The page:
The annual meeting of the World Economic Forum starts in Davos this week. It is to be officially attended by world political and business leaders – and unofficially, hopefully, by lots of not-for-profit and protest groups whose goals for people and the planet do not include how to make the most money for themselves. Continue reading
Our new Prime Minister, a soon-to-be new mum, has challenged our mindset about what a PM can and cannot do – in a good way. And Prime Minister Ardern has made all the right noises about wanting changes in other areas too. She wants to reduce poverty and inequality and prevent climate change. She wants her government to make a difference. We want her government to make a difference.
The government says it wants to rethink the way we do trade in the future. We want the government to rethink the way we do trade too. But we want the government to rethink the way we do trade now. Continue reading
The new Labour / New Zealand First / Greens government will be tested by the Buller District Council’s decision to grant resource consent to Stevenson mining to establish the Te Kuha mine, a 109 hectare coal mine not far from Westport. The mine will traverse public conservation land and land managed by the Buller District council.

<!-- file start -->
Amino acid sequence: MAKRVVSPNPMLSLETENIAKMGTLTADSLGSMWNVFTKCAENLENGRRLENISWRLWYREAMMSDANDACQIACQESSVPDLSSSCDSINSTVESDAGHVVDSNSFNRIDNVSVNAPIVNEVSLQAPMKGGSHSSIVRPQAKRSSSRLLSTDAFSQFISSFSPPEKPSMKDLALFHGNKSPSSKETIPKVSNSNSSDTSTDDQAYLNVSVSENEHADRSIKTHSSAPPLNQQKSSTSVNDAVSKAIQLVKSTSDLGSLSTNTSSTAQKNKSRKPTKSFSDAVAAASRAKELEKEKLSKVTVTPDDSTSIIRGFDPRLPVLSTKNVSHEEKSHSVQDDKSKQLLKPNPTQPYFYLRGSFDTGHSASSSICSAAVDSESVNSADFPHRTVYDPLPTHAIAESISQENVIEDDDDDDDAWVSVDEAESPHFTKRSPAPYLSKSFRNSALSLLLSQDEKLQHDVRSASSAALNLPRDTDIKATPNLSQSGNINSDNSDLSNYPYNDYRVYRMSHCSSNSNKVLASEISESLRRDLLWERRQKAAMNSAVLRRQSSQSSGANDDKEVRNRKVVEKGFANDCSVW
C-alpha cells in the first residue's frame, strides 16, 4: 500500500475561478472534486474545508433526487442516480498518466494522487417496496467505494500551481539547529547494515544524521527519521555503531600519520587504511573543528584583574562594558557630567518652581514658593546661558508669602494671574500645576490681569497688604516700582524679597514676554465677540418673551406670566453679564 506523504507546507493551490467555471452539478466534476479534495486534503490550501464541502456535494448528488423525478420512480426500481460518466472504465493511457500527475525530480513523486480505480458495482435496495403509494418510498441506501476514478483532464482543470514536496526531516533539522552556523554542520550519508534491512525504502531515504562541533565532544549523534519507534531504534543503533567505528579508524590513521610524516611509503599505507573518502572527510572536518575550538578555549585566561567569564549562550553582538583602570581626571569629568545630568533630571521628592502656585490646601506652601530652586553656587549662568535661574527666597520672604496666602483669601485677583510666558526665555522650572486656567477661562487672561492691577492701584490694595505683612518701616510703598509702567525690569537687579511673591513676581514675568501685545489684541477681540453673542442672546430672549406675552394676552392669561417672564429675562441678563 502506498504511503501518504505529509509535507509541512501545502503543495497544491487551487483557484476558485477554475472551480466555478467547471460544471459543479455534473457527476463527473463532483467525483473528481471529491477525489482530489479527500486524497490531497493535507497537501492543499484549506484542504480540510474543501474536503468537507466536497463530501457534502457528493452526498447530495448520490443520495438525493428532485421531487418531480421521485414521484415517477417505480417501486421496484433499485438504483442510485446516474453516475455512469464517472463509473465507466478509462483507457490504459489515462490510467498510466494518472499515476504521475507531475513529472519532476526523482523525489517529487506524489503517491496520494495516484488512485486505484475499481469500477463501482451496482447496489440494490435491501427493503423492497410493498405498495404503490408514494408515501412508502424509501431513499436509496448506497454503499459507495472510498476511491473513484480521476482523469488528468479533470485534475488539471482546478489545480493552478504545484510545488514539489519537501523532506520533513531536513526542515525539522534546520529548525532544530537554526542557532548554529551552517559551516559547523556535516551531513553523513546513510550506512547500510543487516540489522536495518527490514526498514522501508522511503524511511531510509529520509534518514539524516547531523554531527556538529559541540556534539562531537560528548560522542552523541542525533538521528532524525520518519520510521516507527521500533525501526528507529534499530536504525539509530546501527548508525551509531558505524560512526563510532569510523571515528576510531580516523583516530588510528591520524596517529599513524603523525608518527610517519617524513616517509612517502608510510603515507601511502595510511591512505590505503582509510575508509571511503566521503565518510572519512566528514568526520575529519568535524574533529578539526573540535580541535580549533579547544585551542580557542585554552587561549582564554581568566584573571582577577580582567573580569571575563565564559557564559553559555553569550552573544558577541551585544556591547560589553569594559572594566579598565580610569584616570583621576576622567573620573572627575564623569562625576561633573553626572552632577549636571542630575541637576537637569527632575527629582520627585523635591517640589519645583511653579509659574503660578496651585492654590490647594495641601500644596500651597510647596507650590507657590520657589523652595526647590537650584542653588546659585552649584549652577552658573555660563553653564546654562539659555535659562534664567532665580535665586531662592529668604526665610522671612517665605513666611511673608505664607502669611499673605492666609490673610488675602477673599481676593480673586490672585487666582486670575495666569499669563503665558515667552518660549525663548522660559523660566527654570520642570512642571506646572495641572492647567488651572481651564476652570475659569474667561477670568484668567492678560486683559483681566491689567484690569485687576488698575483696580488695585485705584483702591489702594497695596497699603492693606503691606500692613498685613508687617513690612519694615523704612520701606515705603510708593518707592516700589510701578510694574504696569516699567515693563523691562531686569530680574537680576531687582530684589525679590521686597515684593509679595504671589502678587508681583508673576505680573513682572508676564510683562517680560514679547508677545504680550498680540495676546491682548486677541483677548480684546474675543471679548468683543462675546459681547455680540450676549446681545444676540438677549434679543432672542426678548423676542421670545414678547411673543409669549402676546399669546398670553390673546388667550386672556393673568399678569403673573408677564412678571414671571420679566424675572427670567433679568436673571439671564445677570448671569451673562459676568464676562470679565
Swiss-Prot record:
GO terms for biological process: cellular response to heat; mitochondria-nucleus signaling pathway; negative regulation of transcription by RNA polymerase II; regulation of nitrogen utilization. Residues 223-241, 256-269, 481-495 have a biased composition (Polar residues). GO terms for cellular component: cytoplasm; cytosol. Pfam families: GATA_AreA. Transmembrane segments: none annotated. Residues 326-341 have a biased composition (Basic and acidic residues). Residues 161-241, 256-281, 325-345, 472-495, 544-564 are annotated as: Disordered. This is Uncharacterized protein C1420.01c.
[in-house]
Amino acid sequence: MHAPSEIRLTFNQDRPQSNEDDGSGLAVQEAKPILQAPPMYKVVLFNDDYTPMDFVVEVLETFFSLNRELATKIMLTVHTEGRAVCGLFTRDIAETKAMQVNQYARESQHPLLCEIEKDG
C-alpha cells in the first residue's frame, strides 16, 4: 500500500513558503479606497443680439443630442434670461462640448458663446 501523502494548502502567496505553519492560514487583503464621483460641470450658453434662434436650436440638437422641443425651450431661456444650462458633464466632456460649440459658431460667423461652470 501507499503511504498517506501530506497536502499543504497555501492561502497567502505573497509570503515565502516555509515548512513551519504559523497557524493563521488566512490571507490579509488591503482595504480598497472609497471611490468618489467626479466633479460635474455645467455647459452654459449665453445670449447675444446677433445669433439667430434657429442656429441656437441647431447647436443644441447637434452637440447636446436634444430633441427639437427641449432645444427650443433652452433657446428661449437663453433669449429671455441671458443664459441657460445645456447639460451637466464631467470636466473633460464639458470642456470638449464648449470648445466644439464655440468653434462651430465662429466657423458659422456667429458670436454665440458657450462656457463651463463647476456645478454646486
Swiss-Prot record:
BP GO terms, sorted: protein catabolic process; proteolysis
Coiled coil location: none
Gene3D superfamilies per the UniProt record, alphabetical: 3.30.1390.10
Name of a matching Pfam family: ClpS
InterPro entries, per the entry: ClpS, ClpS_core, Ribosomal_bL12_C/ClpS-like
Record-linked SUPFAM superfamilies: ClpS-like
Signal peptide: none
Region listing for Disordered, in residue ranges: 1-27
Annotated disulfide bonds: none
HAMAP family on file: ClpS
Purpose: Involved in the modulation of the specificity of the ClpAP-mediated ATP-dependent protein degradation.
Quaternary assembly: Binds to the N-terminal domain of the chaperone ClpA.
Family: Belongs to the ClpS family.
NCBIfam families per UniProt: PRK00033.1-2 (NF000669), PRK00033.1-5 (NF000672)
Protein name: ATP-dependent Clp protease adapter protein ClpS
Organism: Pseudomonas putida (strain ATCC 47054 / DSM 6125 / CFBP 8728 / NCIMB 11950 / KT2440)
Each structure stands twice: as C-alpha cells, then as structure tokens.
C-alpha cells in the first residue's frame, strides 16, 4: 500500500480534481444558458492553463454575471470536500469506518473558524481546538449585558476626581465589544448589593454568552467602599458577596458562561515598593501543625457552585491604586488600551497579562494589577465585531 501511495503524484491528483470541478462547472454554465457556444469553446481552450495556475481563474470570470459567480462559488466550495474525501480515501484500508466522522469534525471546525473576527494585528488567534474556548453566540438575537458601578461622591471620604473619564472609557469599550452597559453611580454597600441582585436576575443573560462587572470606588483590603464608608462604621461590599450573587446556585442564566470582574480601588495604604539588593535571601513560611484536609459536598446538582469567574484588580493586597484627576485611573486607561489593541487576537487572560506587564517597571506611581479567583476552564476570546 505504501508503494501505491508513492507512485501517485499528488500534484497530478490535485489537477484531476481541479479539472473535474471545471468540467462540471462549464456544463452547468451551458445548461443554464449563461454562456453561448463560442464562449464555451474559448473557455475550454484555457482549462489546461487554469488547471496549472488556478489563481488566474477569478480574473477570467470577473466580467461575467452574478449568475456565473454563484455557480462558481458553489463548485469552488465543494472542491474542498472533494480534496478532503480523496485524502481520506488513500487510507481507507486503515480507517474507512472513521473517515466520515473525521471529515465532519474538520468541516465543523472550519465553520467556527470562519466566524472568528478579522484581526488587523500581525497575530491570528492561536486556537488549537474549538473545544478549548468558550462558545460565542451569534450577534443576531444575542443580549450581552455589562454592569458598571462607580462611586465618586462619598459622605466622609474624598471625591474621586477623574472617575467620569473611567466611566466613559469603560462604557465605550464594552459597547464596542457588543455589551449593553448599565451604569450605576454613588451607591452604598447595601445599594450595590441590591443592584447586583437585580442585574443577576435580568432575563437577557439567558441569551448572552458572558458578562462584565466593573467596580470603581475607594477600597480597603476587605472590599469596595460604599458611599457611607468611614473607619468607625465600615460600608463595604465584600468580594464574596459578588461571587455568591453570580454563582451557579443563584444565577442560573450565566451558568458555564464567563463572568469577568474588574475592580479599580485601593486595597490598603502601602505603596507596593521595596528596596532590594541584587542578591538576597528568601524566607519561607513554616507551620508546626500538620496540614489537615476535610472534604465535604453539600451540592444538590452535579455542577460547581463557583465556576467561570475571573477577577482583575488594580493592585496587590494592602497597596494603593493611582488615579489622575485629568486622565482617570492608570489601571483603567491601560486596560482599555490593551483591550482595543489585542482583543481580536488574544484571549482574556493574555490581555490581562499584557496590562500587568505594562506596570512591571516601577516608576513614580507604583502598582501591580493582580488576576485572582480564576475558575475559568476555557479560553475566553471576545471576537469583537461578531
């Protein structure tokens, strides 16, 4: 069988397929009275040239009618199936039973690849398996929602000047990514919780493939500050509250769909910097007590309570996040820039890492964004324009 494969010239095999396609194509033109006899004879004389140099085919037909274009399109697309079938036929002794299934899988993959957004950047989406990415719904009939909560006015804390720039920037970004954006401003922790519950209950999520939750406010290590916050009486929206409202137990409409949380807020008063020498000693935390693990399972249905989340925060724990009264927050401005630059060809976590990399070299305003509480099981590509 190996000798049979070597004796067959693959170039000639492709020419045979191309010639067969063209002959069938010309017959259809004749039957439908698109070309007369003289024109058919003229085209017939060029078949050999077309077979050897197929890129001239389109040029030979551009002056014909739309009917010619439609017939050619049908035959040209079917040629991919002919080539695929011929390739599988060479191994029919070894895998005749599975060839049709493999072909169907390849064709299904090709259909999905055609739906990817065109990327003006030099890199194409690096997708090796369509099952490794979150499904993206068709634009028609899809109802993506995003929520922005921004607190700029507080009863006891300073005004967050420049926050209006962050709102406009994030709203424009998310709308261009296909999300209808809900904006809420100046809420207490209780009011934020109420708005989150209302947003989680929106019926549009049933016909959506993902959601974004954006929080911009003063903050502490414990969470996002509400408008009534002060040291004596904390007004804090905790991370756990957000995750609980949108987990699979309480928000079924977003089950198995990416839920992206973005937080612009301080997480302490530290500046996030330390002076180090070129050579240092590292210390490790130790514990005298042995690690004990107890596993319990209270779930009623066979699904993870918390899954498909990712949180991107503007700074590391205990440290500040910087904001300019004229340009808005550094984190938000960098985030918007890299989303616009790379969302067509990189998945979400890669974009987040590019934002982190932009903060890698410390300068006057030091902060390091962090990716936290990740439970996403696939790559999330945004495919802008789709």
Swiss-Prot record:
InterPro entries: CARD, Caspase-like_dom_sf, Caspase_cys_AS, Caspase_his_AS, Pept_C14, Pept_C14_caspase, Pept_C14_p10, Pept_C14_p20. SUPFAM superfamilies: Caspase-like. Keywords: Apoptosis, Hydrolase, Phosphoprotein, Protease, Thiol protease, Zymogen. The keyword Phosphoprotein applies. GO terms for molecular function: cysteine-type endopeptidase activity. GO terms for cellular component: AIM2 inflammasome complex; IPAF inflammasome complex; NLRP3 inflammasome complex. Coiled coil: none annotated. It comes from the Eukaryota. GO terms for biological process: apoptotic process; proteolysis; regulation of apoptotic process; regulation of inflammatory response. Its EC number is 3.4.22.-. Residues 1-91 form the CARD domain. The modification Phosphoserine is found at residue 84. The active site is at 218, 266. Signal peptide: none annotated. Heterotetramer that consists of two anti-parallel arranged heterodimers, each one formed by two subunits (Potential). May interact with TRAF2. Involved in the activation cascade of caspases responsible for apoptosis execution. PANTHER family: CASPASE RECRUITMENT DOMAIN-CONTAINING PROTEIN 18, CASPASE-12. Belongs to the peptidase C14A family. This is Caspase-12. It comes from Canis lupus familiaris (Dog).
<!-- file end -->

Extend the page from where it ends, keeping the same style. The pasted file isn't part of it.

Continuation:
Prime Minister Jacinda Ardern has described climate change as her generation’s nuclear-free moment. It is a great soundbite, but if the new government is serious about climate change they have no choice but to overrule the Buller Council’s decision. We have to give up fossil fuels. The coal needs to stay in the ground. Continue reading
It looks like voters will find out sooner rather than later whether they really did get the change of government they voted for.
The TPP partners minus the US are to meet in Japan in the next two weeks to try to revive the deal. Sadly, it appears the content is the same as it has always been, from investor state dispute settlement clauses to lengthened copyright and patent times which will bump up the price of medicine. It is still just a tool to allow corporations, many of which are, ironically, US based, to impose their rules on democratically elected governments to maximise corporate profits.
Prior to becoming the government, the Greens, Labour, and NZ First all spoke out against the TPP. They agreed trade deals need a major overhaul to ensure they work in the best interests of the people and the environment, not big corporations. Based on what was said, it should be safe to assume that New Zealand will not even consider aligning itself with the deal as it stands. Continue reading